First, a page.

Clockwise, from left: Nick Clegg, Hugh Laurie, Ken Olisa and Keith PetersMoritz Hager/CIC/Ken Olisa/Fido

At least fourteen former Cambridge students – including former deputy prime minister Nick Clegg and actor Hugh Laurie – have been named in the New Year’s Honours list, which was released today.

They include six Cantabs, from a range of backgrounds including clinical research, royal service, civil service, business, and politics, who have received knighthoods.

The annual honours list aims to reward “the achievements and service of extraordinary people across the United Kingdom”. This year’s list was drawn up under new guidance from prime minister Theresa May, who insisted that it should be seen to reward “genuine public service”.

Professor Sir Keith Peters, who was first honoured as a Knight Bachelor in the 1993 New Year’s Honours list, has been appointed a knighthood of the Order of the British Empire for his services to the advancement of medical science.

Peters, 79, is an honorary fellow of Christ’s and Clare Hall, and was Regius Professor of Physic, as well as head of the School of Clinical Medicine, at the University from 1987 to 2005. In Cambridge, he promoted clinical research and championed a partnership between the University and Addenbrooke’s Hospital, which houses the Cambridge Biomedical Campus today.

Explained The honours system

The honours system comprises six orders of knighthood, the appointees of which are announced twice a year, and published in the official Crown newspaper, the London Gazette — once before the start of the new year, and once before the Queen’s official birthday.

UK nationals or citizens from the 15 Commonwealth realms such as Australia, Canada, and Jamaica, can be nominated for an honour, which is to be submitted to the Prime Minister, Secretary of State for Foreign and Commonwealth Affairs, or Secretary of State for Defence, followed by the Queen for final approval.

Knight Bachelors are the lowest-ranked form of knighthood recognised by a monarch and awarded to one who is not yet a member of one of the organised orders of chivalry, while all other knighthoods are already part of the orders. Below knighthood, the Orders of the British Empire include Commander (CBE), Officer (OBE), and Member (MBE).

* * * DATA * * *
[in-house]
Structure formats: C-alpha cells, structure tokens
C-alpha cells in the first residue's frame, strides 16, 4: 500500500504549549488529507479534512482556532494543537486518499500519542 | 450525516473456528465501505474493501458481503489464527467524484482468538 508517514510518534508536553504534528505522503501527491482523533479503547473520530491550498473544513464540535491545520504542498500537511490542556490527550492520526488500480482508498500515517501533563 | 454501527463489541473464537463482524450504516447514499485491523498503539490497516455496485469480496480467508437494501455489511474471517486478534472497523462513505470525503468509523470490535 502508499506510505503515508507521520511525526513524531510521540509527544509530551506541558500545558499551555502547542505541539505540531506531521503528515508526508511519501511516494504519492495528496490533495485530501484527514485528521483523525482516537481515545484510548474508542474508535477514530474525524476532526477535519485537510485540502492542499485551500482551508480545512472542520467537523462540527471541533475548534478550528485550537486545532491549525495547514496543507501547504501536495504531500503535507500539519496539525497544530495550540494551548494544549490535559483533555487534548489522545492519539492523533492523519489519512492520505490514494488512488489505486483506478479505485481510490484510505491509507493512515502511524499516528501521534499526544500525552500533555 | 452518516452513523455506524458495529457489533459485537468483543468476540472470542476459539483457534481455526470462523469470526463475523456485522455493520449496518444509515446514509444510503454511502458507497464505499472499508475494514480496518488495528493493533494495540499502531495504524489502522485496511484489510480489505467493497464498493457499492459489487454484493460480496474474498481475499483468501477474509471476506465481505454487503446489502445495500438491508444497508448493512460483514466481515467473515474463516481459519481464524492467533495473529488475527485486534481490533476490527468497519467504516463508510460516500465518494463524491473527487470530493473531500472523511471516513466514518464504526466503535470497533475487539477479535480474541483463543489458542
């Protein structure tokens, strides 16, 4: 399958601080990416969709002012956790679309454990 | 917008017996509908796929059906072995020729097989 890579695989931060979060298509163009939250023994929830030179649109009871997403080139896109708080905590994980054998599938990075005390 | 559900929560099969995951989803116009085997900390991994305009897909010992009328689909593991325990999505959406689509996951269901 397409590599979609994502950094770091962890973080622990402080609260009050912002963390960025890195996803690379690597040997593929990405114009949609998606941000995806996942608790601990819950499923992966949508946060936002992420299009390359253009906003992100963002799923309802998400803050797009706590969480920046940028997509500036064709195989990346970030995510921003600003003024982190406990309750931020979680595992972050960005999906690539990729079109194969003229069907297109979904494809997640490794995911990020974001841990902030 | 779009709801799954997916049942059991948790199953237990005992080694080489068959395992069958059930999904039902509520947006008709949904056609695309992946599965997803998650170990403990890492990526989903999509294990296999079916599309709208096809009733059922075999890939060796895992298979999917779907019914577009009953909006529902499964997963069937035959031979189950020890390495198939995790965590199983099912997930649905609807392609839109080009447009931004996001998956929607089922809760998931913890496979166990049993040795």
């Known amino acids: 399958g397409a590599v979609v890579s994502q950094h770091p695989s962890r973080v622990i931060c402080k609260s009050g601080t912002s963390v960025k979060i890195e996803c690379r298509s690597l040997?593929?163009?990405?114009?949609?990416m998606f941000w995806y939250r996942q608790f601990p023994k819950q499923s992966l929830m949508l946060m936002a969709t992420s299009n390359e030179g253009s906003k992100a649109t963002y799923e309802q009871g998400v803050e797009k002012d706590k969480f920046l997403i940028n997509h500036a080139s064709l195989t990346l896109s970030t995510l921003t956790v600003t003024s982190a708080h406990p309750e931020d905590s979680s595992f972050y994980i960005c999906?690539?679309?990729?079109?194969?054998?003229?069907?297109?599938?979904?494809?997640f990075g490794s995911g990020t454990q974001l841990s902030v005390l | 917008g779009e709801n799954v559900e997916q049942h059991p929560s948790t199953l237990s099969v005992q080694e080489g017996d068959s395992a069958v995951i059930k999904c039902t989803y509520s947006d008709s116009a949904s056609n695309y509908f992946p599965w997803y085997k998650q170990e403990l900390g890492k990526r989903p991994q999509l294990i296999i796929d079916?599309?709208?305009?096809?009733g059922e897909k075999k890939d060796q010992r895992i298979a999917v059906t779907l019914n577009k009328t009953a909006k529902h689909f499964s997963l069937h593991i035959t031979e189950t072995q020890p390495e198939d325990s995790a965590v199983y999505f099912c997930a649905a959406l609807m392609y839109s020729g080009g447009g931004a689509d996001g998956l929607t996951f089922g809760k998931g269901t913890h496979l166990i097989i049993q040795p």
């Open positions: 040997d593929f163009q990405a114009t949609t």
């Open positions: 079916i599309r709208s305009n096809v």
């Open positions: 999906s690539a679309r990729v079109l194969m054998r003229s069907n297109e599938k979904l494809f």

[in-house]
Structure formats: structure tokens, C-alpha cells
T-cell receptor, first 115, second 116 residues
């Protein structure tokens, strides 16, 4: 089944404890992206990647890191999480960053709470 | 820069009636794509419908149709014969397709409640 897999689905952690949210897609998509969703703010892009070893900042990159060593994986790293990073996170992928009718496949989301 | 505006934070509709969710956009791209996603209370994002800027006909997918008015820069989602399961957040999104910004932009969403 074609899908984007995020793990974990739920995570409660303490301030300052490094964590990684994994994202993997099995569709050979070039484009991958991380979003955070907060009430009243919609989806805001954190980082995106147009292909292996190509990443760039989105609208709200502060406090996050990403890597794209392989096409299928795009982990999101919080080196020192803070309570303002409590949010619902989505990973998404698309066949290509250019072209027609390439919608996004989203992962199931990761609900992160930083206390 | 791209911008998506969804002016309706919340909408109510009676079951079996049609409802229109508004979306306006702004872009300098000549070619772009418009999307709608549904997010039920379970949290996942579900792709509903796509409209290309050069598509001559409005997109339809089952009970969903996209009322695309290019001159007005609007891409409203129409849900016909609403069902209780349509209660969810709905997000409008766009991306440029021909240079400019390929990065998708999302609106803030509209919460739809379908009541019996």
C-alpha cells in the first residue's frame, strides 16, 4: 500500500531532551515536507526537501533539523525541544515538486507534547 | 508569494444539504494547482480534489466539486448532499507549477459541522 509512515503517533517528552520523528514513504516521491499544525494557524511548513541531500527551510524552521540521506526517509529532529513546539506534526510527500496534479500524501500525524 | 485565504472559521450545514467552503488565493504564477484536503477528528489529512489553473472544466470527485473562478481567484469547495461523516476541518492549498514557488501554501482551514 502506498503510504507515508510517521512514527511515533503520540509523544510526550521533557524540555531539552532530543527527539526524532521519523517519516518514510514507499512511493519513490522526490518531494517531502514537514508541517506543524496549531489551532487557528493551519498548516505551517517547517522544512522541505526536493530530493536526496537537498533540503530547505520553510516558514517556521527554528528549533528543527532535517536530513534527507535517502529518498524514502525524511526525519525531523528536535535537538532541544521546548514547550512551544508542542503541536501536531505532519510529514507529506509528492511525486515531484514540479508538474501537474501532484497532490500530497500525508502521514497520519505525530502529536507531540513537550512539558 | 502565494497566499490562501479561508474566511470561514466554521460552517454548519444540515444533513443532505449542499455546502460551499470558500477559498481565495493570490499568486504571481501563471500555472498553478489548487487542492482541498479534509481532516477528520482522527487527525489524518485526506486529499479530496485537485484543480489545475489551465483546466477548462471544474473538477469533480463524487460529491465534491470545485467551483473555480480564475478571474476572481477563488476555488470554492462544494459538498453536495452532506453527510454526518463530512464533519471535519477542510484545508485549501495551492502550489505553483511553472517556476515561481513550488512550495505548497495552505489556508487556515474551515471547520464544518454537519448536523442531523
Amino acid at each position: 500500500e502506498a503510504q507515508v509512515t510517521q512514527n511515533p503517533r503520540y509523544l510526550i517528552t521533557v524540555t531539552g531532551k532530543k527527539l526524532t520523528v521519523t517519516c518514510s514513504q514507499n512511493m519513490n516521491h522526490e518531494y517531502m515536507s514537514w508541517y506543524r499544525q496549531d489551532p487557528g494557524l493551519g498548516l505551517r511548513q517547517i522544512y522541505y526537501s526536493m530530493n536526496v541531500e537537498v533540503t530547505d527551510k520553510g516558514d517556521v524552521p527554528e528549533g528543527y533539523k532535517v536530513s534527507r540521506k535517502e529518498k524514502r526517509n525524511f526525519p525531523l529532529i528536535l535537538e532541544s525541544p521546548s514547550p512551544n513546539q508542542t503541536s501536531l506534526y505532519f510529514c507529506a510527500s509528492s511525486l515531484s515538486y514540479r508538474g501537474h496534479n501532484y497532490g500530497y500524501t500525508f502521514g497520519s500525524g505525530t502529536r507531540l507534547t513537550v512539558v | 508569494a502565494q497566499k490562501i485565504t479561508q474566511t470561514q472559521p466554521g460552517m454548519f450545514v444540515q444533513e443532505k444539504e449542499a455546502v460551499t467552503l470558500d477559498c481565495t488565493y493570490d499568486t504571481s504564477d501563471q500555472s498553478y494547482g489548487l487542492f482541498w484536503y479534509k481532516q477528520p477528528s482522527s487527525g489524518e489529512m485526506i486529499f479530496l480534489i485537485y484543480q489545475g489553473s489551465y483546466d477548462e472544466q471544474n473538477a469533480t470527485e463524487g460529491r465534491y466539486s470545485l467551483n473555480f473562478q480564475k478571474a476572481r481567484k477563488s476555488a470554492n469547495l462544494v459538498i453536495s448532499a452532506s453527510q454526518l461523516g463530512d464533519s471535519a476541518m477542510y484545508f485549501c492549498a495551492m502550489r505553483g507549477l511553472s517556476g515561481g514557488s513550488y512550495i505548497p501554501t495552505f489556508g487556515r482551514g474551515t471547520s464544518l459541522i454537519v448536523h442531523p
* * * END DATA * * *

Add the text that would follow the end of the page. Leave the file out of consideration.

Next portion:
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Christopher Geidt, the Queen’s private secretary, and Philip McDougall Rutnam, a top civil servant, will both be knighted in the Order of the Bath, the former as a Knight Grand Cross, and the latter as a Knight Commander. They are both alumni of Trinity Hall.

Three Cambridge alumni – Nick Clegg, Anthony Habgood and Kenneth Aphunezi Olisa – will be appointed knight bachelors.

Clegg, who read Archaeology and Anthropology at Robinson College, is one of the more controversial names on the list. Clegg, who earlier this year lost the Sheffield Hallam seat he had held since 2005, faced public outcry during coalition with the Conservative party when he agreed to an increase in tuition fees despite a Liberal Democrat manifesto pledge to oppose a rise, a decision he has called “one of the most difficult decisions of my political career”.

Habgood, who graduated from Gonville & Caius College, was recognised for his services to UK industry. Habgood is a former chief executive of Bunzl, a distribution and outsourcing firm, and former chairman of Whitbread, and remains chairman of the RELX Group and the Court of the Bank of England.


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Olisa, an alumnus of Fitzwilliam College, was knighted for his services to business and philanthropy. Olisa, who, with his wife, endowed the Olisa Library at Fitzwilliam College, is best known for his experiences with technology businesses, including IBM, Wang Laboratories, and for founding Interregnum, a technology merchant bank. More recently, he was appointed the Lord-Lieutenant of Greater London. He was named the Not for Profit Non-Executive Director of the year in 2009 by The Sunday Times for his work with several charities, particularly in combating homelessness.

Eight other Cantabs have been appointed to the Order of the British Empire, putting the total number of Cambridge alumni honoured in the New Year’s list at fourteen. Actor and Footlights alumni Hugh Laurie has been advanced to a Commander of the Order (CBE), following his appointment as an Officer of the Order of the British Empire (OBE) in 2007.

Other Cantabrigian appointees to Commander include co-founder and director of the Hay Festival, Peter Kenrick Florence; co-founder and chief executive officer of DeepMind, Dr. Demis Hassabis; professor of economic history at Oxford, Professor Katherine Jane Humphries; and consultant histopathologist at North West Anglia NHS Foundation Trust, Dr. Suzannah Claire Lishman

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